Tuesday 17 November 2020

A Varie(gated) Good Day

On Sunday evening, Janet Junker-Lafond posted a picture of a bird she had found in Brooklin (near Whitby) on a Facebook group, asking for its identity. It just so happened to be a Variegated Flycatcher! This South American flycatcher is very rare, with less than ten records in North America (I have heard varying numbers, saying that this bird is anywhere from the sixth to the eighth, so lets meet in the middle at seven). Amazingly, one of those previous records is actually from Ontario, when one was found on the Toronto Islands in 1993! This species is regarded as one of the rarest to ever be recorded in the province.

Janet first found the bird on the 13th, but the birding community was not aware of it until the 15th, so come the morning of the 16th, many birders were on the prowl, hopeful it was still around! It was soon refound, and enjoyed by well over a hundred people. I, unfortunately, was stuck in London, but made plans to go early the next day.

So, after a 3am wake up time this morning, my dad and I were on route for the flycatcher. It was fairly smooth sailing there, and we arrived shortly after 6am. After waiting around for a bit, we hit the trail just as the sky was beginning to lighten up. A Dark-eyed Junco called nearby, the first bird of the day.

Several others showed up, and after nearly an hour of waiting, the bird made an appearance. Definitely gave a sigh of relief after catching a glimpse of it! I couldn't get my camera out fast enough though, and it ducked down.

It began to snow quite heavily shortly thereafter, severely limiting visibility. After another hour of waiting, it once again popped up, and I managed to get what are probably the worst pictures of this individual bird.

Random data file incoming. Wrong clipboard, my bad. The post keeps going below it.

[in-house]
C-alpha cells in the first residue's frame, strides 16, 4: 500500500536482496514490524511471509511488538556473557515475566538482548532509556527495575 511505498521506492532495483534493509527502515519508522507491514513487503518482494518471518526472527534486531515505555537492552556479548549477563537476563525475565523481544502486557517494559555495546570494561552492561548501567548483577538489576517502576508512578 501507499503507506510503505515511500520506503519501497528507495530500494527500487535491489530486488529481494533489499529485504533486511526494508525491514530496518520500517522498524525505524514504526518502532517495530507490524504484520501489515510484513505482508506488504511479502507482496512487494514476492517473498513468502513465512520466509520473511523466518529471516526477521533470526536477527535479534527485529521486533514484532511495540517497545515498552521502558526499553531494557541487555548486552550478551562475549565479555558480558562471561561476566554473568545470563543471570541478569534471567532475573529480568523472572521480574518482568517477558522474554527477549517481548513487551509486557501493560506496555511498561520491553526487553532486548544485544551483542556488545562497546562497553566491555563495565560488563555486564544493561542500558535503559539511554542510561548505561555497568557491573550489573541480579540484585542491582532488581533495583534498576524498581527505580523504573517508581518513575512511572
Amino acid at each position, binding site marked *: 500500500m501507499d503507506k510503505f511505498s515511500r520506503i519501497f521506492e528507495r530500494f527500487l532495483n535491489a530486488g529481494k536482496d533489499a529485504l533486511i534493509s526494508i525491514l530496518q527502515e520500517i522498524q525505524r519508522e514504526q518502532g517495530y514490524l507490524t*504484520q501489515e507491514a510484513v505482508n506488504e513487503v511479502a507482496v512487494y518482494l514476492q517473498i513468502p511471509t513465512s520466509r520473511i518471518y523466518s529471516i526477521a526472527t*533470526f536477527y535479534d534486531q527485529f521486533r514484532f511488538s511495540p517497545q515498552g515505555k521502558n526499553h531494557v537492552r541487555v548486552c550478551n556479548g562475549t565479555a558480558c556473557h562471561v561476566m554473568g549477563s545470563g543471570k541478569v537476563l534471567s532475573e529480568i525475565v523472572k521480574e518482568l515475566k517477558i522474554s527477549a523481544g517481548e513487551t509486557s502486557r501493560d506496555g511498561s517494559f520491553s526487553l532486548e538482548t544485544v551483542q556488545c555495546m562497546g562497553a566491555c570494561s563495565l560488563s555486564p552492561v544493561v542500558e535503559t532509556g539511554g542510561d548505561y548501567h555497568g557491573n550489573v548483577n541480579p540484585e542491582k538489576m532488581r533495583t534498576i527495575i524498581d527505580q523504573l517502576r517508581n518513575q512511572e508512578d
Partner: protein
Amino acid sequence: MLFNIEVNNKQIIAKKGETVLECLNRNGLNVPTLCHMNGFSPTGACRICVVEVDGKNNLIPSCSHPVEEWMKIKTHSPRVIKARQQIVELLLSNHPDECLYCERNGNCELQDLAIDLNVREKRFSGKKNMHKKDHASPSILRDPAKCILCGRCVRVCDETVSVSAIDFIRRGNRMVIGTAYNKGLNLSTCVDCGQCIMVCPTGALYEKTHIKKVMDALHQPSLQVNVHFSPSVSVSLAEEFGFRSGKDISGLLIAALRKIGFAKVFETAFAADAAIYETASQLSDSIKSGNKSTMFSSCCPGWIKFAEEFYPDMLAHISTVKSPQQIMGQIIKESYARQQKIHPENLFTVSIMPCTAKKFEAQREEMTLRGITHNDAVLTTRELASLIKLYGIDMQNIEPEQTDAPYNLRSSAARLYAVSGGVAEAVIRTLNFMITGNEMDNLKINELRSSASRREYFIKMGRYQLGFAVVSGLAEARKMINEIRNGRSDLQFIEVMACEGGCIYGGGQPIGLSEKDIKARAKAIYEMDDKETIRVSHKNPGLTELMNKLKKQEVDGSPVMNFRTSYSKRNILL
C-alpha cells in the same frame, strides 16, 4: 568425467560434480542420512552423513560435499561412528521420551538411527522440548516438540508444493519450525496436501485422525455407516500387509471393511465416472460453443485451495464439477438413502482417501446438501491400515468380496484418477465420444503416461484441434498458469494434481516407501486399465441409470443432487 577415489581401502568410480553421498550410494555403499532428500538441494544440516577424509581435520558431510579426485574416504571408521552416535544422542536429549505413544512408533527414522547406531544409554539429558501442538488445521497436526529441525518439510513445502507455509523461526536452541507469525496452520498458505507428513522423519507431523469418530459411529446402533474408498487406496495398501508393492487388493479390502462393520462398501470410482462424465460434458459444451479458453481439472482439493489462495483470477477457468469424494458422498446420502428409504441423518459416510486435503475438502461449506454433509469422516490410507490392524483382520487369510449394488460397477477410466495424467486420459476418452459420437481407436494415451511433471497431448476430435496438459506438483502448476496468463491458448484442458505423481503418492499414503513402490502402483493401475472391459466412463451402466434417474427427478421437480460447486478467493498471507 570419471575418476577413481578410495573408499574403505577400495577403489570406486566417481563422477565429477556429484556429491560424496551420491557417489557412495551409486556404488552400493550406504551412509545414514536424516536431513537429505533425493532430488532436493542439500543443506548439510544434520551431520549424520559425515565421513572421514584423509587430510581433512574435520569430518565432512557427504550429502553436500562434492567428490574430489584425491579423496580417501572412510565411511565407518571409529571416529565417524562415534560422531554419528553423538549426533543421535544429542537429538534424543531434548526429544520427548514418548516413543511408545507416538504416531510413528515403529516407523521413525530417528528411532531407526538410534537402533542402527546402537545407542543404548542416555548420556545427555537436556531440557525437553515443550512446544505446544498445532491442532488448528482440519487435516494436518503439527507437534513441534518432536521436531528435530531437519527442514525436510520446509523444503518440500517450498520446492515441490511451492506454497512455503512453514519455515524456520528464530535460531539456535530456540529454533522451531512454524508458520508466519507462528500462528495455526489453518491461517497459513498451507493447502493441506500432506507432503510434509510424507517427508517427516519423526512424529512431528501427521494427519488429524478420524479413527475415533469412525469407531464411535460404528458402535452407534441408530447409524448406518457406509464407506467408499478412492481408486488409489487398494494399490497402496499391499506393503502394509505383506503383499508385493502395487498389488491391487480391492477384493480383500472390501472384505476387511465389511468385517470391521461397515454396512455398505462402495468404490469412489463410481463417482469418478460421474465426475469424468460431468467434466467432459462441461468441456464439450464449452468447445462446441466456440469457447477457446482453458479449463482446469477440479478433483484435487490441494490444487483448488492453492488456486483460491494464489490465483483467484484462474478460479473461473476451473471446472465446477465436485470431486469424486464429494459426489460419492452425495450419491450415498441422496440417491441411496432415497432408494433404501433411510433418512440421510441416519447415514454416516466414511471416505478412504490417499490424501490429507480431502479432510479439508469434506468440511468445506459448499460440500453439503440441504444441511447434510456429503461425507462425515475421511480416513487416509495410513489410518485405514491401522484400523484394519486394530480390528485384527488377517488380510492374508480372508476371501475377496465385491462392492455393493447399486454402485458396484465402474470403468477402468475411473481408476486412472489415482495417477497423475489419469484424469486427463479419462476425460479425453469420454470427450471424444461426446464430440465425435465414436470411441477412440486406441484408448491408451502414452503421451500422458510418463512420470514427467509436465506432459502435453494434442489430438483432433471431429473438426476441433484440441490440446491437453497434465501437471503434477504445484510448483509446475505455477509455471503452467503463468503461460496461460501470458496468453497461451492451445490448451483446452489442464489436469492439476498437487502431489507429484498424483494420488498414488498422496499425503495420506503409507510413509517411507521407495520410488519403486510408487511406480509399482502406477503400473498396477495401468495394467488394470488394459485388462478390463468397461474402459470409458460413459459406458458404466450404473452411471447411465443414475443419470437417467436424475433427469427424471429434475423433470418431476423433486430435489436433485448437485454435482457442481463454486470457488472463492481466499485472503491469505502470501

Imagine that, a photo of a Variegated Flycatcher not turning out because it was snowing! Check out Josh's post for some much nicer photos which show the identifying features much, much (much) better.

I stuck around for another 20 or so minutes, but it was remaining elusive, so I decided to leave. Seems it came out for much better looks and photos a bit after I left! It should be noted, that people were very respectful of social distancing rules, and many were wearing masks.

It was an interesting couple of hours. Not often one gets redpolls, a Red Crossbill, a Snow Bunting, an American Tree Sparrow, and a Variegated Flycatcher all in one place!

We still had a bit of time before having to head back to London, so we went to Thickson's Point in hopes of glimpsing Purple Sandpipers. It took a bit, but we finally found a couple feeding down on the rocks. Lighting was a bit harsh, but I managed a decent photo. I didn't want to get too close, as I knew others would be interested in trying to see them as well.

These were actually a lifer for me, so extra exciting! 

I had thoughts of Red Phalarope, and lo and behold a few hours after I left, one showed up. It remains the last annual shorebird species I need in Ontario...next year.

What a great morning!

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